Torrential rain has flooded parts of London and the South after thunderstorms struck. Areas including Hackney Wick, Newham and Barking were affected by the downpours, with videos showing cars driving through deep water and people walking nearly knee-deep at times.
Another video showed Pudding Mill Lane DLR station in Stratford under water after heavy rainfall on Sunday. Two hospitals reported issues with their emergency departments due to the weather.
Whipps Cross Hospital in Leytonstone said it was experiencing “operational issues due to the heavy rainfall”, while Newham Hospital said its A&E department had flooded in some areas. A spokesperson for Barts Health NHS Trust said on Sunday evening: “We are experiencing operational issues at Whipps Cross Hospital and Newham Hospital due to the heavy rainfall.
“We are working closely with our local partners to resolve the issues and maintain patient care and – while services remain available for people in an emergency – patients are asked to attend alternative hospitals where they can, to help us put solutions in place as quickly as possible.”
The Met Office issued an amber warning for storms covering London and surrounding counties where homes and businesses are at risk of flooding, which was in place until Sunday evening. The Environment Agency still has six flood warnings in place across the country’s southeast, while there are 19 alerts for potential flooding active throughout England and Wales.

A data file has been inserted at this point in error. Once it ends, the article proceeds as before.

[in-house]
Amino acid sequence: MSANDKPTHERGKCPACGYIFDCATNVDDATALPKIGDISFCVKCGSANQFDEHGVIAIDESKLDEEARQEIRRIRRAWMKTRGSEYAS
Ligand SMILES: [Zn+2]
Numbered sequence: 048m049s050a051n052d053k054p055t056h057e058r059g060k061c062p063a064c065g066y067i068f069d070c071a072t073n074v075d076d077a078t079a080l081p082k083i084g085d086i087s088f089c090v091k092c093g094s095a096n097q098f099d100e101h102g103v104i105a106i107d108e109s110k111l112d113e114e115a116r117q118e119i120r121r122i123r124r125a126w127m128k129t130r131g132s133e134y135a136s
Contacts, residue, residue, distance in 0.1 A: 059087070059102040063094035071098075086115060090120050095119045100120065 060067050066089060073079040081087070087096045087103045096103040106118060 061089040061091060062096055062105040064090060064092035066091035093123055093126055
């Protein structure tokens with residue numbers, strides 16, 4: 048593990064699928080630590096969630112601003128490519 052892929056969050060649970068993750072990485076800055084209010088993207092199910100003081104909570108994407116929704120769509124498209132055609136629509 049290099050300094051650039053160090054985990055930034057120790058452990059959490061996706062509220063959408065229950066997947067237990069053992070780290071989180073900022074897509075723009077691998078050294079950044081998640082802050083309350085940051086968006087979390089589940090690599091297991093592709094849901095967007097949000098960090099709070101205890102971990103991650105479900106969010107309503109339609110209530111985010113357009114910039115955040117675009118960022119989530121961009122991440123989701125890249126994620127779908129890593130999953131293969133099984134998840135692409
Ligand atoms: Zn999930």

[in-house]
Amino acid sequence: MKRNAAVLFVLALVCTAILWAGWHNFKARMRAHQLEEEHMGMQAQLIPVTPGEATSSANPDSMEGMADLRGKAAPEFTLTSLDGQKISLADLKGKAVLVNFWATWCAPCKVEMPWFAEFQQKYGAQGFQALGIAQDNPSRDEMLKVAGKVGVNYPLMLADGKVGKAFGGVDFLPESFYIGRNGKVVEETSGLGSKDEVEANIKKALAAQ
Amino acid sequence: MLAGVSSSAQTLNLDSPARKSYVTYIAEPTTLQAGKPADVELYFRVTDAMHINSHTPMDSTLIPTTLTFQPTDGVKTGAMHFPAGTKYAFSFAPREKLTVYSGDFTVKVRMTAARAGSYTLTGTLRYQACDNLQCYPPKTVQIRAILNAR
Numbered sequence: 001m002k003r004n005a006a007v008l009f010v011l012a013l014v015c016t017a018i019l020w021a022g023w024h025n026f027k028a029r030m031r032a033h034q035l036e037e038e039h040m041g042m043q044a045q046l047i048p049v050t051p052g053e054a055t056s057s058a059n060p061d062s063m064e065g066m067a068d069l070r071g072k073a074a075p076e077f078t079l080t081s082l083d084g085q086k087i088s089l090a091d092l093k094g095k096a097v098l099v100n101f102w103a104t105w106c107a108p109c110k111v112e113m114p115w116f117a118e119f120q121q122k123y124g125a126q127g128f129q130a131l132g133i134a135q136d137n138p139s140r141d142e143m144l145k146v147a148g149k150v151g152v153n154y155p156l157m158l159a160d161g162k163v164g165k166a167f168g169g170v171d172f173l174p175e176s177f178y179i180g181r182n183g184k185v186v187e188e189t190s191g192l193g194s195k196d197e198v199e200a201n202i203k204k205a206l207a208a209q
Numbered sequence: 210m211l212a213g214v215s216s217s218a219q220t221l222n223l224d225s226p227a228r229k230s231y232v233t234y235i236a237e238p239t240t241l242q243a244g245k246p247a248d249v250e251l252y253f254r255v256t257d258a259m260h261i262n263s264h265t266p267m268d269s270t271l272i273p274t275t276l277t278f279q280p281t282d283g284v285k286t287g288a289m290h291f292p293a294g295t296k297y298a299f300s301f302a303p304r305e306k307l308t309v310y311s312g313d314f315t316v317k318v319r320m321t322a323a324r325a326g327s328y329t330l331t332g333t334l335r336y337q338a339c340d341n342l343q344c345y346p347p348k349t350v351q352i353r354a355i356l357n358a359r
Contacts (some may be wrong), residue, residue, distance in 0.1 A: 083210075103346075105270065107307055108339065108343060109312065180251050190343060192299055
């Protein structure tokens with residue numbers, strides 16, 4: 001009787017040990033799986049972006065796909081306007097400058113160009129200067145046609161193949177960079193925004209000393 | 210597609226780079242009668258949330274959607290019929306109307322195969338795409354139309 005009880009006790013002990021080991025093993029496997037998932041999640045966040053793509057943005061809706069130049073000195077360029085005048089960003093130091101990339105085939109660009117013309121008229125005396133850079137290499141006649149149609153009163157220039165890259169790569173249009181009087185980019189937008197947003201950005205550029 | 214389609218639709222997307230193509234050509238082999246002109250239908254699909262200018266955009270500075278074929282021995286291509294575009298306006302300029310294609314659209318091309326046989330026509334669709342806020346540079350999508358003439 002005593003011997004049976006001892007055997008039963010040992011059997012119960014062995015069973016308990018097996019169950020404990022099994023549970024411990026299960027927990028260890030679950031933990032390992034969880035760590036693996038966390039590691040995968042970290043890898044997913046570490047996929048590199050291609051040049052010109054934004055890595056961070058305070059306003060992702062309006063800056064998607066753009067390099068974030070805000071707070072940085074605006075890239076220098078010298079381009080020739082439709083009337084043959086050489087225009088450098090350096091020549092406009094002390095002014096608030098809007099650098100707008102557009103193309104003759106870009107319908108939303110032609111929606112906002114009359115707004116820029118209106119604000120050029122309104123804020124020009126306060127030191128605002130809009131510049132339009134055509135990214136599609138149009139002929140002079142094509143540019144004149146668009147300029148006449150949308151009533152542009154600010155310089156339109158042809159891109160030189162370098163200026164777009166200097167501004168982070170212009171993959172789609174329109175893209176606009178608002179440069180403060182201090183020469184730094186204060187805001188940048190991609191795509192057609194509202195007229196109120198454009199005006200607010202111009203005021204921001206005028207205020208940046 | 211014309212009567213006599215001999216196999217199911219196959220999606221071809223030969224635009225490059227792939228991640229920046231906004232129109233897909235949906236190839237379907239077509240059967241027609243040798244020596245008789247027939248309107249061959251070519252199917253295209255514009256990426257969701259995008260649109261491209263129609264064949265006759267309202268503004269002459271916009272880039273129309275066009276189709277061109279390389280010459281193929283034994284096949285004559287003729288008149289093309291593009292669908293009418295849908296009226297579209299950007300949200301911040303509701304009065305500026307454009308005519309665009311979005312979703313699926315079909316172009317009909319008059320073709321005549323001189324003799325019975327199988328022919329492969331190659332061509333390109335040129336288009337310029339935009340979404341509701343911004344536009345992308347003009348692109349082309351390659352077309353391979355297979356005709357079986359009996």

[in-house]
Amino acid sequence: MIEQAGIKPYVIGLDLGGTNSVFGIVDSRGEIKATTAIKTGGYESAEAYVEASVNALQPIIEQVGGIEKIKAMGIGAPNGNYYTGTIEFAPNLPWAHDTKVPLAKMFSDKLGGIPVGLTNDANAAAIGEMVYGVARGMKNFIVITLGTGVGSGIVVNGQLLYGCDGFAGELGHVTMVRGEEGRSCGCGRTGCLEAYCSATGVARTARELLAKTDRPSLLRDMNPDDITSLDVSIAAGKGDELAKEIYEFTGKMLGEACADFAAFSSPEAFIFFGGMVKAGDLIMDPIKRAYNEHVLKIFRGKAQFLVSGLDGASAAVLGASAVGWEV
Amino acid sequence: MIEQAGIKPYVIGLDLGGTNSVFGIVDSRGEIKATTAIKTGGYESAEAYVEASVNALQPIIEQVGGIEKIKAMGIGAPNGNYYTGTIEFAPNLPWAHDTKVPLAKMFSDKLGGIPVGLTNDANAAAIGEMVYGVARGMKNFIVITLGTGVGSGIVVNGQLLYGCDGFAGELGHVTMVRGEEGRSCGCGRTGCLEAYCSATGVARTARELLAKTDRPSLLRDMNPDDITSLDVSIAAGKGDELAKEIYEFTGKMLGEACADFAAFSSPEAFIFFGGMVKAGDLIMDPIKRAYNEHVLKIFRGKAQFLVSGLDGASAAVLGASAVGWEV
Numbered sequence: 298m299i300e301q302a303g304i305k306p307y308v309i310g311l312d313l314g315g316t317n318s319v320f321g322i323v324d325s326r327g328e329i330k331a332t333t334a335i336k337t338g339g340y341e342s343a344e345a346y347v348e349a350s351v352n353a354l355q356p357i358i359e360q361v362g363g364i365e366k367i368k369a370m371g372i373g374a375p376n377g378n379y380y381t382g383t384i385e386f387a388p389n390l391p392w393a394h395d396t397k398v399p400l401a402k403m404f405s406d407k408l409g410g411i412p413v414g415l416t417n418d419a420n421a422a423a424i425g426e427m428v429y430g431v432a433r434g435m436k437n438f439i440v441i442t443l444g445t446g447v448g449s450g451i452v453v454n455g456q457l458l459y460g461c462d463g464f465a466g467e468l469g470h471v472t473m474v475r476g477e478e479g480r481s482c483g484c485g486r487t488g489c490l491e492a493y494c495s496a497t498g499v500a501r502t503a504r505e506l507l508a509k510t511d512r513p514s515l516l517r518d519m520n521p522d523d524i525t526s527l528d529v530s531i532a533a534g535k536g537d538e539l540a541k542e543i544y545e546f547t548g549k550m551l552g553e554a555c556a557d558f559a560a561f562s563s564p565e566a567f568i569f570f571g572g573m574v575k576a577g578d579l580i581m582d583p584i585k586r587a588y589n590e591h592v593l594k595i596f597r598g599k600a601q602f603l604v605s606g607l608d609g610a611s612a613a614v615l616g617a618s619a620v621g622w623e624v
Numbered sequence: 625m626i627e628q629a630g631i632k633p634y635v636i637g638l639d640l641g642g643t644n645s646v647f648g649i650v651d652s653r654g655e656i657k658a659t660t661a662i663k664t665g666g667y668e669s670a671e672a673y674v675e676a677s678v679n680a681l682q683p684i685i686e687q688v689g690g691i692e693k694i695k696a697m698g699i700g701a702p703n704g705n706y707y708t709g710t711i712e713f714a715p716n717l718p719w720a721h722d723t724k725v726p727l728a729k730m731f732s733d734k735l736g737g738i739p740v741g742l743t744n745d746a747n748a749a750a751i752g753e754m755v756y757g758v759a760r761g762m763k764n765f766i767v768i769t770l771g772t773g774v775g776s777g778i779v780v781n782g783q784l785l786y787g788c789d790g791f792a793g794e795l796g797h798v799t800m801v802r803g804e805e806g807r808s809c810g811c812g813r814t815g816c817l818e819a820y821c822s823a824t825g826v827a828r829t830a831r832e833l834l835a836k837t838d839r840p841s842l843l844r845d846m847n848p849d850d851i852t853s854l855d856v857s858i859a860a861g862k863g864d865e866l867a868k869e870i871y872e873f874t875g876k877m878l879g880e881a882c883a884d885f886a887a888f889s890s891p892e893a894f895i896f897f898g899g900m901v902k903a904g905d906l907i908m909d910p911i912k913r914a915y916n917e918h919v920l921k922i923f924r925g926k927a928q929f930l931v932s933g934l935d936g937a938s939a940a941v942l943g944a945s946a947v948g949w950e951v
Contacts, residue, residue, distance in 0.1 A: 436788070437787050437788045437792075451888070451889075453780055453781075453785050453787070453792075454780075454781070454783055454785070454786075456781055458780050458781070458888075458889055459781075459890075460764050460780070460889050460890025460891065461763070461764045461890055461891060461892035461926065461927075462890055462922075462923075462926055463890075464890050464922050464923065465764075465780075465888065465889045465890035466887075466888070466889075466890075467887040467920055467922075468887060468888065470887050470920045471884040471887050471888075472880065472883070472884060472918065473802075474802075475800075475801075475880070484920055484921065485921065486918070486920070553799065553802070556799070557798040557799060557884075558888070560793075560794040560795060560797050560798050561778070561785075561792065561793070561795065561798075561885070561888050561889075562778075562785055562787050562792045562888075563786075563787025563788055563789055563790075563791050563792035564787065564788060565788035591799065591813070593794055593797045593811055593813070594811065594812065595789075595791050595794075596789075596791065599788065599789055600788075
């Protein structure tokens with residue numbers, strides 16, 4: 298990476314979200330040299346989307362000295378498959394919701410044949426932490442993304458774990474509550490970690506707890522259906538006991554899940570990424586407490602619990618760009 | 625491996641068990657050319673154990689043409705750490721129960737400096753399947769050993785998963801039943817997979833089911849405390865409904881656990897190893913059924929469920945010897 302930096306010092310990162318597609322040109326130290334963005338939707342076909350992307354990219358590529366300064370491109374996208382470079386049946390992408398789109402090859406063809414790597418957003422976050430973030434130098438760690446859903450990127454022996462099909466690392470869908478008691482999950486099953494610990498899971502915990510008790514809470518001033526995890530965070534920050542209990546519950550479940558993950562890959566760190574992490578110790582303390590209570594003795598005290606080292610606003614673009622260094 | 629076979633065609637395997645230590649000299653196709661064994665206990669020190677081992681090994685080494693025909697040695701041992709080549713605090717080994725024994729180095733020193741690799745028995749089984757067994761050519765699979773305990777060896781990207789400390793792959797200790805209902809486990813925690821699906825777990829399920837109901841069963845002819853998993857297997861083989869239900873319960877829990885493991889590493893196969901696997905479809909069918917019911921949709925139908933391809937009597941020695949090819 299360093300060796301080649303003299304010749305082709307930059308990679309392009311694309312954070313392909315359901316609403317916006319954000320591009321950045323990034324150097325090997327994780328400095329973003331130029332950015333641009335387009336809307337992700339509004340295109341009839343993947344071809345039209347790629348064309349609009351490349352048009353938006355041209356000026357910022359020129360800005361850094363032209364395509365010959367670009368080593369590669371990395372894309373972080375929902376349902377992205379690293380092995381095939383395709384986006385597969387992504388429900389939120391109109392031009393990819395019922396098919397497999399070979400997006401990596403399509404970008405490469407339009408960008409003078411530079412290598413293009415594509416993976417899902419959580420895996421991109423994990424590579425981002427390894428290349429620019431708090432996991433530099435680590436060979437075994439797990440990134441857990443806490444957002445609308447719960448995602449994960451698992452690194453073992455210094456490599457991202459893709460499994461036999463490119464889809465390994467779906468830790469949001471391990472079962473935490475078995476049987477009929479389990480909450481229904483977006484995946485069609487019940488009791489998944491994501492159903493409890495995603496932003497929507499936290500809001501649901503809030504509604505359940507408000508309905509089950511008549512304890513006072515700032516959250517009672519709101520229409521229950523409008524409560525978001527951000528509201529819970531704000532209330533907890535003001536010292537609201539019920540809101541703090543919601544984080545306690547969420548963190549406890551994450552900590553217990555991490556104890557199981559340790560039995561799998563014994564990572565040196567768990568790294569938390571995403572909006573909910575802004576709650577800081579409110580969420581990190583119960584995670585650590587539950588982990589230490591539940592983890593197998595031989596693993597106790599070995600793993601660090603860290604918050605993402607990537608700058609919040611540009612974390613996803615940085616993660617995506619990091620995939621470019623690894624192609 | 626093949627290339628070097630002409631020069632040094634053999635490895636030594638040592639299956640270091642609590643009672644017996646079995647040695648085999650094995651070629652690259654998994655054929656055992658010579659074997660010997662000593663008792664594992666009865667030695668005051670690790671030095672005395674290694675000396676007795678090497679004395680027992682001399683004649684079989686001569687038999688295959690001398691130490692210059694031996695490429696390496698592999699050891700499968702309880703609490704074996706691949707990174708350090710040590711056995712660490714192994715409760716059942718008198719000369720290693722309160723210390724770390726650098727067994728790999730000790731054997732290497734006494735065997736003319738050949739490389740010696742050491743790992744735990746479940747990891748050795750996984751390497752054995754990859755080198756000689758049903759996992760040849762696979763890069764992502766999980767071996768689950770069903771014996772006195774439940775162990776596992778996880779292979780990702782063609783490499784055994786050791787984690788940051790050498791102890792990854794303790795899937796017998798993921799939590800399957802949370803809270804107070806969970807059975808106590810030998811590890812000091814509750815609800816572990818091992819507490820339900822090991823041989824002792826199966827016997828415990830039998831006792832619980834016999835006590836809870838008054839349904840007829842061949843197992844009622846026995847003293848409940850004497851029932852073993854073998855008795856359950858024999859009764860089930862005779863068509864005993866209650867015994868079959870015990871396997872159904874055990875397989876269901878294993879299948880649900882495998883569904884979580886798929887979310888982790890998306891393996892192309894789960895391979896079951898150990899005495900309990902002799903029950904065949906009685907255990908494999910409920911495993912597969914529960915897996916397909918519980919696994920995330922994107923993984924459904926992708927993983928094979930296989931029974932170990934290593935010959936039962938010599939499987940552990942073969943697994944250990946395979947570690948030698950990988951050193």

The torrential downpours came after a heatwave earlier this week brought days of record-breaking temperatures. Residents in Woodford were forced to use buckets, brooms and wooden boards to create flood defences and scoop the water from their homes.
The rain brought an end to the heatwave earlier this week, potentially disappointing anyone who hoped for a dry, sunny trip to the coast. The rest of the country was forecast to experience a cloudy, more settled end to the week while sunshine is expected in Scotland. Temperatures are set to rise in most places again on Monday as the storms clear, with the mercury predicted to reach 26C in London, 25C in Edinburgh, 24C in Cardiff, and 22C in Belfast.
Met Office meteorologist Steven Keates warned on Sunday evening that parts of the South between south Suffolk and the Isle of Wight could be deluged by 100mm of rain in just a few hours. He said the storms were being caused by a “convergence” of air currents, due to warmth in the Earth’s surface from the recent heatwave rising into cooler air in the atmosphere.